February 23, 2003


Libertarians challenge Bush to answer 10 questions before going to war with Iraq (Libertarian Party Online, February 20, 2003)
The Libertarian Party is challenging President Bush to answer 10 simple, but important, questions about his policy of waging war against Iraq.

From what we hear, the President is too busy these days to answer every quarrelsome interrogatory from every marginal group in America, so we'll give it a shot (the LP's questions are indented):
(1) Isn't it possible that invading Iraq will cause more terrorism than it prevents?

Of course, it's possible. But here's what we know for sure: al Qaeda considers Saddam's retention of power after the 19991 war too have been a victory for Islam over the West and one in a series of such triumphs that they use as a recruiting tool because it shows their jihad is "winning".
(2) If Saddam is really a threat to the Middle East, why do his neighbors seem to fear him less than the U.S. government does?

We don't fear him, his own people do. Soon they won't have to.
(3) Why do you maintain that Iraq poses a more immediate threat than North Korea?

It's not--we'll deal with N. Korea next, but we happen to have already moved our forces to the Gulf. Presumably, having acknowledged the North Korean threat, you'll be on board for the pre-emptive strikes there?
(4) Why do you believe a U.S.-led "regime change" will do any more good in Iraq than it did in Panama, Haiti, or Bosnia?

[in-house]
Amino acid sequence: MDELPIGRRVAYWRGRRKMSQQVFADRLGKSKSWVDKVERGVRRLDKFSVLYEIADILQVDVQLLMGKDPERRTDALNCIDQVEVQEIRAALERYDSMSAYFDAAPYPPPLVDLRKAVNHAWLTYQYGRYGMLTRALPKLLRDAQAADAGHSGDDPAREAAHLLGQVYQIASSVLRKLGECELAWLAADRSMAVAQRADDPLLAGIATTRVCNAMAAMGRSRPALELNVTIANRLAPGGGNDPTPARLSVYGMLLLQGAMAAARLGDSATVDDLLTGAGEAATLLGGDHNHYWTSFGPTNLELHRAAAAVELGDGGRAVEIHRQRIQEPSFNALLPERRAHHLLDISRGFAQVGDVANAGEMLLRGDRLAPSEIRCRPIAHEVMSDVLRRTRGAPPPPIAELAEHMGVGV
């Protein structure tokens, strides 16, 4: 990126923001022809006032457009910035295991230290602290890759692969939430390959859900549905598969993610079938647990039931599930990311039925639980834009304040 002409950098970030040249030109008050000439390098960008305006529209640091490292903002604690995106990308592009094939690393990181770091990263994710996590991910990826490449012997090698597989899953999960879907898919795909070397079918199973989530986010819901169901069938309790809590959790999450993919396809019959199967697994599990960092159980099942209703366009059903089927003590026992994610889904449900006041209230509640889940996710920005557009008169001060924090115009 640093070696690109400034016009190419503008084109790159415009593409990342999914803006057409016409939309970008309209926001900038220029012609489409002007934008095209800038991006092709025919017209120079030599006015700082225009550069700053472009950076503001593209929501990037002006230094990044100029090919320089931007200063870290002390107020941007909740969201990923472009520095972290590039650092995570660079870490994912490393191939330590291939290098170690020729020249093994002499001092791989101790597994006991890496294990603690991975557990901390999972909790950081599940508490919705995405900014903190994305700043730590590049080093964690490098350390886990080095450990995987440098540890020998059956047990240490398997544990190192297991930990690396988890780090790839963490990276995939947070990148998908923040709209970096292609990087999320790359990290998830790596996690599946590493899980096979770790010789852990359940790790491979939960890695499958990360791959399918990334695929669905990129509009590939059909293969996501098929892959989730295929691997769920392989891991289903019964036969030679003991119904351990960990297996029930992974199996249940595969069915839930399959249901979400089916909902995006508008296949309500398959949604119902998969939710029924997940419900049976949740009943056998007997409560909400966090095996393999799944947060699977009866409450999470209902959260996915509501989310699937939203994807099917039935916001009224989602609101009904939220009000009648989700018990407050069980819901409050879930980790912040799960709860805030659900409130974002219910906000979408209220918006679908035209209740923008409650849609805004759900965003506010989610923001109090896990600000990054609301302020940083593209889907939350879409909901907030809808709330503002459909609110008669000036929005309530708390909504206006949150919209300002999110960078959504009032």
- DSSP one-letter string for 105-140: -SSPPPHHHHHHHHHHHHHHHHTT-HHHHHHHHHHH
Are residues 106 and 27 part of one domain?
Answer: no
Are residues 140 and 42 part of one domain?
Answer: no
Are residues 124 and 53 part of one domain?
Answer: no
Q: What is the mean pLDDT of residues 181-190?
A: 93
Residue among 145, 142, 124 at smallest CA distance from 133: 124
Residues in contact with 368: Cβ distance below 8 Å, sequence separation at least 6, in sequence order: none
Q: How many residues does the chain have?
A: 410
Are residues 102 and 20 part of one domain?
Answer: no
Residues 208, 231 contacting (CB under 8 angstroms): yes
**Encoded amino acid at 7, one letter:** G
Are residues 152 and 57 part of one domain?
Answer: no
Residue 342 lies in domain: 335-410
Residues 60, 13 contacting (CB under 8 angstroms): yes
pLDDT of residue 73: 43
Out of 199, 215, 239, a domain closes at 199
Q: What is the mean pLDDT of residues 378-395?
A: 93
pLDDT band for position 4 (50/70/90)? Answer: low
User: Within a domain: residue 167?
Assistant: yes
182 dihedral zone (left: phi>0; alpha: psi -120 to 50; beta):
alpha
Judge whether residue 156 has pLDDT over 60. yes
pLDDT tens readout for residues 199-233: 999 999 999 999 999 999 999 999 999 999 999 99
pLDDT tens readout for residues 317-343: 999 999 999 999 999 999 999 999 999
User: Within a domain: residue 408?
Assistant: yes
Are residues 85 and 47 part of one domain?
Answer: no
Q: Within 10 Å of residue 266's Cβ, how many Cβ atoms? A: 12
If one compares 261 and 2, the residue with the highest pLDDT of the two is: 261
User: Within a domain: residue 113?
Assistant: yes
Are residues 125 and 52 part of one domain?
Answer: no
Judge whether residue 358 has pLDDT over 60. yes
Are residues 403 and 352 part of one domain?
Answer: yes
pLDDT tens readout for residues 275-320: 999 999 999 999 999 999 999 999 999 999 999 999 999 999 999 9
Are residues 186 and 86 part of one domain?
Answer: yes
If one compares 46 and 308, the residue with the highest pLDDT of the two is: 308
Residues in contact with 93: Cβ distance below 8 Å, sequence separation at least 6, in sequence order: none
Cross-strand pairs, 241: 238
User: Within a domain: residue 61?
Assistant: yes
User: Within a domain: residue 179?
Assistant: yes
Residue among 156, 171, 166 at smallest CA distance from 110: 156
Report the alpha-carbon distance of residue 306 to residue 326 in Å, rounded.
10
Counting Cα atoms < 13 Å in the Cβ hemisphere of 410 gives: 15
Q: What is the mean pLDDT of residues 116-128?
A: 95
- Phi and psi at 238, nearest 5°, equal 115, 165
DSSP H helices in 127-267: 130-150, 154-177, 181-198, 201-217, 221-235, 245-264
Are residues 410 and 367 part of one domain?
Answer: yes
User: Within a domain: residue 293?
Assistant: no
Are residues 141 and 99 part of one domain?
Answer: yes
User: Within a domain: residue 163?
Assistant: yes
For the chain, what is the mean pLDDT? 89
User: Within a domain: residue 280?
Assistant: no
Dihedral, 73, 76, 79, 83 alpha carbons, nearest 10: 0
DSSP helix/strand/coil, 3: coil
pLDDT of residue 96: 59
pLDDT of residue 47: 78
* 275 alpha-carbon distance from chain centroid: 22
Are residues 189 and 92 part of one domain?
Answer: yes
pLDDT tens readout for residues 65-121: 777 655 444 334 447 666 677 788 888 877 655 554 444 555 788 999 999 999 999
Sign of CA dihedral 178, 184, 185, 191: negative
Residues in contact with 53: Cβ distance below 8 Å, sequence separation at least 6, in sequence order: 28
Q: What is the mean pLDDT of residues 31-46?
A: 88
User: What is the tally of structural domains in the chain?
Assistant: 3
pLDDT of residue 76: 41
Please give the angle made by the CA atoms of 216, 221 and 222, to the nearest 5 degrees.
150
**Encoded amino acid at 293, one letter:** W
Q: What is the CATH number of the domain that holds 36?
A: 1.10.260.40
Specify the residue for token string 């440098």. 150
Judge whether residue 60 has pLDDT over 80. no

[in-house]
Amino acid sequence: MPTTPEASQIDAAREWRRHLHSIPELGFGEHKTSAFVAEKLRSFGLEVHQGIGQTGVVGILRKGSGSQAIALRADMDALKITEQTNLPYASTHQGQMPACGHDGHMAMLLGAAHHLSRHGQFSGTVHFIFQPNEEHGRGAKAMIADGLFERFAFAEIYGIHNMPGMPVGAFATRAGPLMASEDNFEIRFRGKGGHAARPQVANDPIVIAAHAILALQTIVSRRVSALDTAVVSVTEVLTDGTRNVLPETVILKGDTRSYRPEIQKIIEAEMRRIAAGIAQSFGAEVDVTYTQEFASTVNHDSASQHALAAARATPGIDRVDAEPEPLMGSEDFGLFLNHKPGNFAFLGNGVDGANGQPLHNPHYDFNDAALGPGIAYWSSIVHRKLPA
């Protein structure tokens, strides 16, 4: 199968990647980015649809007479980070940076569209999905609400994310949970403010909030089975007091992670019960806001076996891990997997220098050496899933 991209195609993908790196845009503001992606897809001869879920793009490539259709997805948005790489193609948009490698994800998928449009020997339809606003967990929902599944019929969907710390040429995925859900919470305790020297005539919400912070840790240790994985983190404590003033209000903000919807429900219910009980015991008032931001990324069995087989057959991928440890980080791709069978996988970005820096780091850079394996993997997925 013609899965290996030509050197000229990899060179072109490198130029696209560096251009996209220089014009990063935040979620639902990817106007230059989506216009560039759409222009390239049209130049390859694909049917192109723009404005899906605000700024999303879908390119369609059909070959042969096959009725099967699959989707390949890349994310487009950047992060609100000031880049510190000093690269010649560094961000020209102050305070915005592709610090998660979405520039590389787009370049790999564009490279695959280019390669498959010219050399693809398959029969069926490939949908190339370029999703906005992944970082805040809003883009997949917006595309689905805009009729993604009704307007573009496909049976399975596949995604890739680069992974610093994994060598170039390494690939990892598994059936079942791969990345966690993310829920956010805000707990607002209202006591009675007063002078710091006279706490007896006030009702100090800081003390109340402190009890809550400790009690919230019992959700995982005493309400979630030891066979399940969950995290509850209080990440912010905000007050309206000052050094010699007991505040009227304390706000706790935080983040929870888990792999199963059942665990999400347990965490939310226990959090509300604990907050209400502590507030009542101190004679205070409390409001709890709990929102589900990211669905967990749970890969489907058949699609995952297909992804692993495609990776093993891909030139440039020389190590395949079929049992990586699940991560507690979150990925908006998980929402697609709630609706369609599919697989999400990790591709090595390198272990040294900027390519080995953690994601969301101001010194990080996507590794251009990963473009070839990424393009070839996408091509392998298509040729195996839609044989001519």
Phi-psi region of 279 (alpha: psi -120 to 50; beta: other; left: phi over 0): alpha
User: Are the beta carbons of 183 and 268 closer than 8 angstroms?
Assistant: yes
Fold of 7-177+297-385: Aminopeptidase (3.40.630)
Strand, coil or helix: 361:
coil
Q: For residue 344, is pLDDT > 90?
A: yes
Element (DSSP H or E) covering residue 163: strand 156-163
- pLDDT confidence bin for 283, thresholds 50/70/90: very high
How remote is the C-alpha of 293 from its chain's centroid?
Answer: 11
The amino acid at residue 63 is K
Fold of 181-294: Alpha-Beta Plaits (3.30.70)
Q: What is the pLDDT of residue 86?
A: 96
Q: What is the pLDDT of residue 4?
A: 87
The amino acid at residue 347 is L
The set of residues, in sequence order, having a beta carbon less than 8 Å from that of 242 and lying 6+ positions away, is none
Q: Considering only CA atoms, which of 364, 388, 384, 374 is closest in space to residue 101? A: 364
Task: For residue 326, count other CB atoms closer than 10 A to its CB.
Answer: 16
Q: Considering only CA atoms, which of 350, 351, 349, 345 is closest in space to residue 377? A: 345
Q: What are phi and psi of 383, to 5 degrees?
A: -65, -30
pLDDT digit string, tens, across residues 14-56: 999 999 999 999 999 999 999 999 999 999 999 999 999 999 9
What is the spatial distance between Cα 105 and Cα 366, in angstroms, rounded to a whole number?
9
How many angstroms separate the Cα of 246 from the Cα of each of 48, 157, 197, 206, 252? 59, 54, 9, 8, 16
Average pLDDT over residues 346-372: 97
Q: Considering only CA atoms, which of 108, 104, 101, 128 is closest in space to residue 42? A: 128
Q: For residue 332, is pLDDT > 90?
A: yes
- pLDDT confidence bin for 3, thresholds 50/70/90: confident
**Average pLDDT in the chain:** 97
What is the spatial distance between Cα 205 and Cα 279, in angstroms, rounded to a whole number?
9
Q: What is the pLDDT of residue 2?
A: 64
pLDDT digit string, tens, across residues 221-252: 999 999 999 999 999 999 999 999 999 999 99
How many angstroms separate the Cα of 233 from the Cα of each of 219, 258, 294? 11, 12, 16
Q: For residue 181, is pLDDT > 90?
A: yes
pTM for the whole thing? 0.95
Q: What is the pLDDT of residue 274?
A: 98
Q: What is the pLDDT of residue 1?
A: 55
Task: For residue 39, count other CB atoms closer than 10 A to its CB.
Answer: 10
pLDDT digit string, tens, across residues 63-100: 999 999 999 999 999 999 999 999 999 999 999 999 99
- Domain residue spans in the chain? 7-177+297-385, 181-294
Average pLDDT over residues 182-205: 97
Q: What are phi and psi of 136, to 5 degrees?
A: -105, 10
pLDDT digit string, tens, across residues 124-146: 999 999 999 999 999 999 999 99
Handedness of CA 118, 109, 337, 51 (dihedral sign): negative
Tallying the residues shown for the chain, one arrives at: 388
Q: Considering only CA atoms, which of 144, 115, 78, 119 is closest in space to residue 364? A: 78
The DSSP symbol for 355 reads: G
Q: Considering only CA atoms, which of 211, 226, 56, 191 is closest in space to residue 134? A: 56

Do any of those nations sponsor terrorism?
(5) You say Saddam has refused to comply with U.N. weapons inspectors. Does that mean that you intend to subject Americans to U.N. mandates in the future?

No, only our enemies.
(6) You point out that Iraq has weapons of mass destruction that "could" be turned over to terrorists. But couldn't the same be said of Pakistan, North Korea, and dozens of other nations? And do you intend to launch pre-emptive strikes against them as well?

Yes, if necessary to protect American security.
(7) Won't attacking Iraq make Saddam more likely to launch a biological or chemical attack?

Yes, if he can and I'm glad you acknowledge that inspections have done nothing to deprive him of WMD. However, the universal mantra of those who oppose the war, that Saddam will launch WMD if he has nothing left to lose, suggests that he might do so if he were diagnosed with cancer--are you willing to risk our safety on the health status of an aging crackpot?
(8) Considering that many of the September 11 hijackers were Saudi nationals - not Iraqis - why haven't you publicly accused the Saudi government of sponsoring terrorism?

Because they weren't sponsored by the Saudi government?
(9) Why have you stopped mentioning the name of the one individual who has been most closely linked to the 9/11 attacks: Osama bin Laden?

He's dead.
(10) Finally, Mr. President, if your Iraq policy is so successful, why are Americans more afraid than ever?

Because we're going to be vulnerable to anti-Western terrorism until those regimes and terrorist organizations that perpetrate it are annihilated. Posted by Orrin Judd at February 23, 2003 9:47 AM

Very adroit.

Posted by: Christopher Badeaux at February 23, 2003 11:30 AM

19th Century capitalism is much more pleasing than 19th century foreign policy. Orrin, I hope you've forwarded this gem on to them.